The Rewind Button is a group blogging project instigated by Rachel Tynan. As part of her New Year’s Resolutions for 2012, she set out to listen to Rolling Stone’s top 50 albums of all time. Rebecca Stevenson thought it would be fun if a group of bloggers listened to the same albums at the same time, then posted their reactions. The Rewind Button is the group of bloggers who are going through the Top 40 and posting about a new album every Thursday. This is album is 13/40.
Once again, I am baffled as to how I have lived this long without listening to this album.
Here’s how I listened to this album: on an iPod, walking around South Cambie in Vancouver to run some errands, then I continued listening to it at home on my cheap iPod dock thingy. When the song “Heroin” was on I walked past a protest. At one point I wasn’t sure if the drums were from my music or the pot drumming mob. It seemed fitting.
Things that stood out:
- The voices. His sounded like a junkie Bob Dylan. Her’s reminded me of an indie movie – some scene where the protagonist, a poet or a musician who is misunderstood, is traveling by bus with their head against the window as prairies pass by in the background.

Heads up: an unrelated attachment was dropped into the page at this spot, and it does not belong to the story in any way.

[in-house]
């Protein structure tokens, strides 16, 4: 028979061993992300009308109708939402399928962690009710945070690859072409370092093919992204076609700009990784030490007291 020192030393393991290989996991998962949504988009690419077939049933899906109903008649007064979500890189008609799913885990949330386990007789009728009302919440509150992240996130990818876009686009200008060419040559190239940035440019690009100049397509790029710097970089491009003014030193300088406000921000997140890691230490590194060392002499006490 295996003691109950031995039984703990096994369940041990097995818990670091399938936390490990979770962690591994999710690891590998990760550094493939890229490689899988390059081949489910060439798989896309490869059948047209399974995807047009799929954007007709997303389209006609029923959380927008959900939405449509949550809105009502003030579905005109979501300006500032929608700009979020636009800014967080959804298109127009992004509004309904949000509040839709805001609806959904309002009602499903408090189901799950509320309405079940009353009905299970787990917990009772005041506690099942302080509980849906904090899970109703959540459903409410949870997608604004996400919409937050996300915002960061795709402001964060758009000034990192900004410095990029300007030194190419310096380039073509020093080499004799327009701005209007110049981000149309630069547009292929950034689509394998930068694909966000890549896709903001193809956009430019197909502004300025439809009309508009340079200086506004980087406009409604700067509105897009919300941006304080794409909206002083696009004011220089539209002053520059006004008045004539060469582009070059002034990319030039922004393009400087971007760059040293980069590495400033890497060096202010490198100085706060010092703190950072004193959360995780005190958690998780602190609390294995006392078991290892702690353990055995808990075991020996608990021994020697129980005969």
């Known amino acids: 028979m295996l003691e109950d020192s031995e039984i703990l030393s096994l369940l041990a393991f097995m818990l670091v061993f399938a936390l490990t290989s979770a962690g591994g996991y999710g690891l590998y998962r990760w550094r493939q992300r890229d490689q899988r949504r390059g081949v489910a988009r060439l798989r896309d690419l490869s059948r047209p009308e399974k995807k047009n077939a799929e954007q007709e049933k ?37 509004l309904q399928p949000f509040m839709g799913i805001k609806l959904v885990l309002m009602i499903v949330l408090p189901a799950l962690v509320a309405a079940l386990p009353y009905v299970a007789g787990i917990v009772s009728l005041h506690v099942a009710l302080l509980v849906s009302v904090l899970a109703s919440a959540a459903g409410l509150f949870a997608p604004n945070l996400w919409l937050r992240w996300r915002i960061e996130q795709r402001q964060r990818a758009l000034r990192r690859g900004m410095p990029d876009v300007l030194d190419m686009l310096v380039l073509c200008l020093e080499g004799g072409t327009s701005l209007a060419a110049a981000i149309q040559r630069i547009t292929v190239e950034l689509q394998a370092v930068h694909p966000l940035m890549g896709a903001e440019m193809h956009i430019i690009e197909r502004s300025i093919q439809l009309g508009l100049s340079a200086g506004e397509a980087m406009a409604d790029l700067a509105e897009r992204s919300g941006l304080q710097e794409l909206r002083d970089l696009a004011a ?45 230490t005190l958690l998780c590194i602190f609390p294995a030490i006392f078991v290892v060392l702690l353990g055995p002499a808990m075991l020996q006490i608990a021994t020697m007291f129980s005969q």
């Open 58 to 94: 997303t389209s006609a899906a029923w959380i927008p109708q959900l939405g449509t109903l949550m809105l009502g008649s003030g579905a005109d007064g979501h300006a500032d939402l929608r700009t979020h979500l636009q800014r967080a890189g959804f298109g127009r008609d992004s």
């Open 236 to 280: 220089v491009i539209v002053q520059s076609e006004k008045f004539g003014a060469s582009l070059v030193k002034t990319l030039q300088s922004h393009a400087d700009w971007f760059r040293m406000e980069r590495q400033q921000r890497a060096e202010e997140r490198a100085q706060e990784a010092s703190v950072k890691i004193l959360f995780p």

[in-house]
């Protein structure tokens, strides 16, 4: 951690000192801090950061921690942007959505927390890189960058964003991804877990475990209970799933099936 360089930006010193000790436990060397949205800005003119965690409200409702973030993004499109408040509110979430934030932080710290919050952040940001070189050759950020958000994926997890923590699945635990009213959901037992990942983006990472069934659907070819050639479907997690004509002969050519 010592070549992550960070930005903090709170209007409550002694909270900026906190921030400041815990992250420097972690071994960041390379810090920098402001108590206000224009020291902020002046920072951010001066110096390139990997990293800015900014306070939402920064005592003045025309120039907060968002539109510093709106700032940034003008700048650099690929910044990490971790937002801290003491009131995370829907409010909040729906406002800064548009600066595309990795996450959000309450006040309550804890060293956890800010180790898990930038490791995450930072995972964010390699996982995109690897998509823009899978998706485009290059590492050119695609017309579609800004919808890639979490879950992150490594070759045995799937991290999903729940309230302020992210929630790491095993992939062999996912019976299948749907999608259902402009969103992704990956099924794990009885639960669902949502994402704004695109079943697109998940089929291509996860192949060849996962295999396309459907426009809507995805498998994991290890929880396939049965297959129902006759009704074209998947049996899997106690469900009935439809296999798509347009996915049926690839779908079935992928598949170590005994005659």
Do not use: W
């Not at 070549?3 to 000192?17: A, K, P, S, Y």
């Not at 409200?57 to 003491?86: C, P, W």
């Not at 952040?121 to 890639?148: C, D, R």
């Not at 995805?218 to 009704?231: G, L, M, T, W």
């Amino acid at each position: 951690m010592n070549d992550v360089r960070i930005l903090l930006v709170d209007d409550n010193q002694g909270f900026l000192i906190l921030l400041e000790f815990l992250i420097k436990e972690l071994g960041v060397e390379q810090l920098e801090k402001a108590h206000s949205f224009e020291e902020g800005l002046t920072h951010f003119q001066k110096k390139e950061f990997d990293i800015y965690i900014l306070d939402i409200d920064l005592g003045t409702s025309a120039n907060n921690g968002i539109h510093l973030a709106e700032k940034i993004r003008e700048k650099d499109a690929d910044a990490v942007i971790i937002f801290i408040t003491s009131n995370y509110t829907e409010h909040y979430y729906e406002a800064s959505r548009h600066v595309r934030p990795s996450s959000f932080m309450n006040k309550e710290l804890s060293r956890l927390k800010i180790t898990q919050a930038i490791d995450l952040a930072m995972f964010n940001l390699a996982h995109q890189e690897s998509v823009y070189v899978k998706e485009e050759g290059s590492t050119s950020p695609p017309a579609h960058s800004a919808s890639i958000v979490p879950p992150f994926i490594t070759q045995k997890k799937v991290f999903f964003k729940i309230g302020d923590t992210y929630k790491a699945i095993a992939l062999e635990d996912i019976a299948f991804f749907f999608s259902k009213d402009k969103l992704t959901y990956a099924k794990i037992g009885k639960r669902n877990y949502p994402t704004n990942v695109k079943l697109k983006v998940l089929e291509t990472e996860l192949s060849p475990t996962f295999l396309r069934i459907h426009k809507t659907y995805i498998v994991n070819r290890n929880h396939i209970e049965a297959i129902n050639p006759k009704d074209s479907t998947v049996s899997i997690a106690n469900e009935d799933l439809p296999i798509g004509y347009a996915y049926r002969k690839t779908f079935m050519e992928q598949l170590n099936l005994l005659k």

- As I listened to the music without being aware of the song titles I was shocked by the line “I feel like I’m a man/ When I put a spike into my veins.” Jesus! I thought. Not very subtle. The song is called Heroin. Nope, not subtle at all. Apparently the V.U. has said their intention to show the sad side of heroin, but some fans thought they were endorsing it.
- Some of the songs go on and on like a garage band session on … like Heroin, for example. European Son was also too much for me to handle and I had to switch it to the next song before the jamming was over. I’m sorry – I’ve dated too many musicians and spent too much time in garages listening to songs slowly unravel to appreciate The Velvet Underground’s songs over 5 minutes long.
Things I learned after listening to the album that are interesting:
- Andy Warhol was their mentor and manager – hence the album cover. I’d always wondered how they got the rights to use that image.
- The female voice is that of Nico, part of Warhol’s Factory family. She was a model, actor and singer/musician. She was born in Germany. This explains her voice: I originally thought she had a speech impediment or that she’d once been deaf.
- When it first came out the album had a peel off cover on top of the banana that revealed a flesh colored banana. To remind us of a penis, right? Oh, Andy Warhol.
Will I listen again?
- Sure. Nico’s voice has grown on me, so has junkie Bob Dylan’s (Lou Reed)